No trip to the historic UK city of York is complete without walking at least a section of its ancient walls – and here’s a short guide on how best to do so.
A brief history
Originally built in 71 AD during Roman times, the York City Walls were later renovated and fortified under the Normans and continued to be extended all the way through to the 16th century, including being upgraded to stone in 1226. Today, the impeccably-preserved walls remain the longest of their vintage anywhere in England and one of the biggest tourist attractions in the city.
If you’re thinking of making a trip to the medieval city in northeast England, and want to include a walk along its remarkable walls during your stay, we’ve created a quick guide to help you plan your visit.
When and how to access the walls
Spanning some 2.5 miles, the walls are open to the public from dawn until dusk each day, meaning that the exact opening hours will often depend on the time of year. There are numerous entry points to the walls all around the city, and admission is completely free of charge and non-supervised, meaning you can ‘hop on’ and ‘hop off’ as you please, maybe even splitting your visits up over a couple of days to make it manageable – especially if you’ve got kids in tow.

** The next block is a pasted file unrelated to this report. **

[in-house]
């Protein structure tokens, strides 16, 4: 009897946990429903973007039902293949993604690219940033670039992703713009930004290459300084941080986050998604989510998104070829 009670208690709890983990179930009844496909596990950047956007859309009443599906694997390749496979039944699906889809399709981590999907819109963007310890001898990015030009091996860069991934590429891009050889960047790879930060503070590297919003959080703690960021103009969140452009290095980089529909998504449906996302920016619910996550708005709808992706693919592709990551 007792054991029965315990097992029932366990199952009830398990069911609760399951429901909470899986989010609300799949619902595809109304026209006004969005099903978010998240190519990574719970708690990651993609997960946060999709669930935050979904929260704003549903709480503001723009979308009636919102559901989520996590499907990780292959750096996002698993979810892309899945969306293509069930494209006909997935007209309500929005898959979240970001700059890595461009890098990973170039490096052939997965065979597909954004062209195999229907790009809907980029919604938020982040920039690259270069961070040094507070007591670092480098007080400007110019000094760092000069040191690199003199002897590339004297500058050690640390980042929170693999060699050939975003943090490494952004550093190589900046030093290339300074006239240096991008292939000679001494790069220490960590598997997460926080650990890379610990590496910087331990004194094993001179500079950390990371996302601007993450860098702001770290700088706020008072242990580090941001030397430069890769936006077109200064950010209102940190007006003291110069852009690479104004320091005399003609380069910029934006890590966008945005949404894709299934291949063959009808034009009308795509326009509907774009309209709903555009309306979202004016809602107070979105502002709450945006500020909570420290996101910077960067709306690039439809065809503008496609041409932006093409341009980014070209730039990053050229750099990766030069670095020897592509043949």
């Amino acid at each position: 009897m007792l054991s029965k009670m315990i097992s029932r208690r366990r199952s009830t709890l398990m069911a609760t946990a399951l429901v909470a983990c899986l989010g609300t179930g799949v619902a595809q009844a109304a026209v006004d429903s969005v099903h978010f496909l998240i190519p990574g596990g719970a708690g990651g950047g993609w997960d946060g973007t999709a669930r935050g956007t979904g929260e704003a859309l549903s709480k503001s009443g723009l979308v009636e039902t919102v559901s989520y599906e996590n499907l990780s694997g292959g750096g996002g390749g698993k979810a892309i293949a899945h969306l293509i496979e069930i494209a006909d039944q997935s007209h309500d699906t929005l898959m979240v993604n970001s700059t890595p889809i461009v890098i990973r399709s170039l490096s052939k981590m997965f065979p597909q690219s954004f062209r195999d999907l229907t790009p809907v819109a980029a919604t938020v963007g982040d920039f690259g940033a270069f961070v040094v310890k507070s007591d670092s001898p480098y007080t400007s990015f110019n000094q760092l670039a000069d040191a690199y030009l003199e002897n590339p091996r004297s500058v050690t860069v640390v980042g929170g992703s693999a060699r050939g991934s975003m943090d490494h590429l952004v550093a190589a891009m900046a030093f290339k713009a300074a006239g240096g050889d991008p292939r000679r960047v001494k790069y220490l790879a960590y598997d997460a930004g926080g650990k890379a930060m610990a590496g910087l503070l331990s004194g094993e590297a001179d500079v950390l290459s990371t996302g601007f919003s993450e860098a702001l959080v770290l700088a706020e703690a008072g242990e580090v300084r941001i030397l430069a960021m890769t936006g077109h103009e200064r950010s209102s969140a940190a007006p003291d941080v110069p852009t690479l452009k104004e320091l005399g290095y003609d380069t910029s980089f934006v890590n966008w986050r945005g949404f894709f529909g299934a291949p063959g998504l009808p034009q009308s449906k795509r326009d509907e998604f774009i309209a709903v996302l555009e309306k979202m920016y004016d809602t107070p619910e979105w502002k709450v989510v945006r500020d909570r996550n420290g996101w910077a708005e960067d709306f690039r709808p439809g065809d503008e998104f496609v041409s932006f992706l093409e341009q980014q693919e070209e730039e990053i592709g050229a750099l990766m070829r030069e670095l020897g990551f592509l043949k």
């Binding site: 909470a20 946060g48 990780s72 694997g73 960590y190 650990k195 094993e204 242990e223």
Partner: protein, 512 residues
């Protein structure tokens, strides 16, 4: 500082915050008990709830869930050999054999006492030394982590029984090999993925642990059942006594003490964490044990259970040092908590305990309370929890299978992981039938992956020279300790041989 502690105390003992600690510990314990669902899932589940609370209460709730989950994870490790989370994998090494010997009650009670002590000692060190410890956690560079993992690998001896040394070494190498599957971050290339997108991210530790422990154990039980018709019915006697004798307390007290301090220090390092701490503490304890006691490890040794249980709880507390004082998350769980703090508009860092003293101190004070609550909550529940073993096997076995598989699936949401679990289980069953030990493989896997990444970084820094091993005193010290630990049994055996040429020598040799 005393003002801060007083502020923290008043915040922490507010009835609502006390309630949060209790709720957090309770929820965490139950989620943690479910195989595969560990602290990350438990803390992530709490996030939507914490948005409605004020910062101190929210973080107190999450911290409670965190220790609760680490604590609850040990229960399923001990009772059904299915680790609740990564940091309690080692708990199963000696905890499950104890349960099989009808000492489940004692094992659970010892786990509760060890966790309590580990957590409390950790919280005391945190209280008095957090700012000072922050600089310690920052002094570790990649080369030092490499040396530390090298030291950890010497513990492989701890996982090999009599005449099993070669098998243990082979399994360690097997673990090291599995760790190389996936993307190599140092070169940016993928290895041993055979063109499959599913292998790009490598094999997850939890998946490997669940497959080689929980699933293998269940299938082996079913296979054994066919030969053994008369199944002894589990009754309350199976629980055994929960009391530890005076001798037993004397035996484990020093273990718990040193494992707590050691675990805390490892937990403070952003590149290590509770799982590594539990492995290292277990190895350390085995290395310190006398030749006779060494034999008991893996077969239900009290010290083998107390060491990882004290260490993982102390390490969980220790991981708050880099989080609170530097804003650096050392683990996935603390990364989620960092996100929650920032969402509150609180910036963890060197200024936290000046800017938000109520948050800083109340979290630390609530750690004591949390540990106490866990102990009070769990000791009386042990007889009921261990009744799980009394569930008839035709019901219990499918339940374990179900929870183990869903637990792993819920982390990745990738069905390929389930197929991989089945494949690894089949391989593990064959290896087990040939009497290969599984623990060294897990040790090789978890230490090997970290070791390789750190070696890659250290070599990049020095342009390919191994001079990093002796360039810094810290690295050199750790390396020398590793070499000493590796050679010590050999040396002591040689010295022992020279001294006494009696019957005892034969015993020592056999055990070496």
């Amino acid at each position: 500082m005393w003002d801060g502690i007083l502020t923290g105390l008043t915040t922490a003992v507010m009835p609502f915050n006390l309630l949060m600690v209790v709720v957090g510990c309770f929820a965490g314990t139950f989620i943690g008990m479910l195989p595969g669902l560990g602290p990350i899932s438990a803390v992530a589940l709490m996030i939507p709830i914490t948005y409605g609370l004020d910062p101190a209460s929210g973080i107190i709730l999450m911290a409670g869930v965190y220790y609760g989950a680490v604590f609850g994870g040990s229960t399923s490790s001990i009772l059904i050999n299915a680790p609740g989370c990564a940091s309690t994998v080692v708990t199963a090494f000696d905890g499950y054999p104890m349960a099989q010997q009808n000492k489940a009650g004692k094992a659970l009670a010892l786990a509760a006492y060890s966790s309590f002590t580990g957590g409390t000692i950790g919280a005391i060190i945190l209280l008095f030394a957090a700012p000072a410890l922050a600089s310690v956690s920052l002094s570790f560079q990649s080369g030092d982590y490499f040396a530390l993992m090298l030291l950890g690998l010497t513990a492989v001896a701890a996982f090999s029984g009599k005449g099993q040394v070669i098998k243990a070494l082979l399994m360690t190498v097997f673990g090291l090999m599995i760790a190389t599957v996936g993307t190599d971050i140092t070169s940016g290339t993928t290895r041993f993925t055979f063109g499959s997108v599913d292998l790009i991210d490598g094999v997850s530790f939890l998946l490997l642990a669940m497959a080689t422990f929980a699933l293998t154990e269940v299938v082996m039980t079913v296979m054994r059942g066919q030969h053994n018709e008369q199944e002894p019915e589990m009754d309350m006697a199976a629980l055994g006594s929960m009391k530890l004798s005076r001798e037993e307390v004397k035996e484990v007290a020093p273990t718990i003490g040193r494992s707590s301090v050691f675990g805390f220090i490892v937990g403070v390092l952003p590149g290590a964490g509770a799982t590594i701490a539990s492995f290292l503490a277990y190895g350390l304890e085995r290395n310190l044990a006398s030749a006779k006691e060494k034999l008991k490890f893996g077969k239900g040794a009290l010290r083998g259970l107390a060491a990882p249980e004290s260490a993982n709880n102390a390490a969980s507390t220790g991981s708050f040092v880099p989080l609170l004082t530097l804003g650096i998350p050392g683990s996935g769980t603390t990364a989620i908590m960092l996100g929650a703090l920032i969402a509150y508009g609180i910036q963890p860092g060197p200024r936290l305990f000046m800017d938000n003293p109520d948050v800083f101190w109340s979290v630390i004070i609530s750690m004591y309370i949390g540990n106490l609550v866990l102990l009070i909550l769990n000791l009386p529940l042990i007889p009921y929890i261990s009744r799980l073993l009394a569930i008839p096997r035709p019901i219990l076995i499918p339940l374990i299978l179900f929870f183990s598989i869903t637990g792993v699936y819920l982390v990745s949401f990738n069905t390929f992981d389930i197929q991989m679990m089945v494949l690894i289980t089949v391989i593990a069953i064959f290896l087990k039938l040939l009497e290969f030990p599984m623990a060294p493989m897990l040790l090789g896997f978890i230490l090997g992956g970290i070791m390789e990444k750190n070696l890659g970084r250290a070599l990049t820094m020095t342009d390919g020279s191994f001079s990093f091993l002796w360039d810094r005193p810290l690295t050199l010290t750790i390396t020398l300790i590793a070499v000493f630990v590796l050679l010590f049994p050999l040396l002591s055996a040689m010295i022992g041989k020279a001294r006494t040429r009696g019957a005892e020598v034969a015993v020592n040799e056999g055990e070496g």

What to look out for
Visitors can walk along the circular walls, which enclose the historic part of the city, stopping to admire the various points of interest, such as the four main fortified gateways (known as ‘bars’), and enjoy beautiful views of the city as they go. There are also benches at several of the towers should you need a rest or just an excuse to sit down and soak up the scenery.
The main gates into the city are Bootham Bar, Monk Bar, Walmgate Bar and Micklegate Bar, all mostly constructed in the 14th century with later additions. Micklegate is the most infamous of these, as it was the site of Richard, Duke of York’s execution in 1461, and his head was displayed there for all to see. Micklegate is now home to the interactive Henry VII Experience, while Monk Bar houses his rival, the Richard III Experience – both of which can be booked in advance.
All the way along the walls there are checkpoints and each point of interest has posters delving into the history of the York walls and a map to guide you in the right direction. Many visitors also like to stop to see the many intriguing details such as arrow slits, musket loops, sculptures and masons’ marks that are dotted along the route.
For more information about the York City Walls, check out www.yorkwalls.org.uk, which is run by The Friends of York Walls, formed in 2011 by a group of local residents with the aim of providing the landmark with more support and promotion.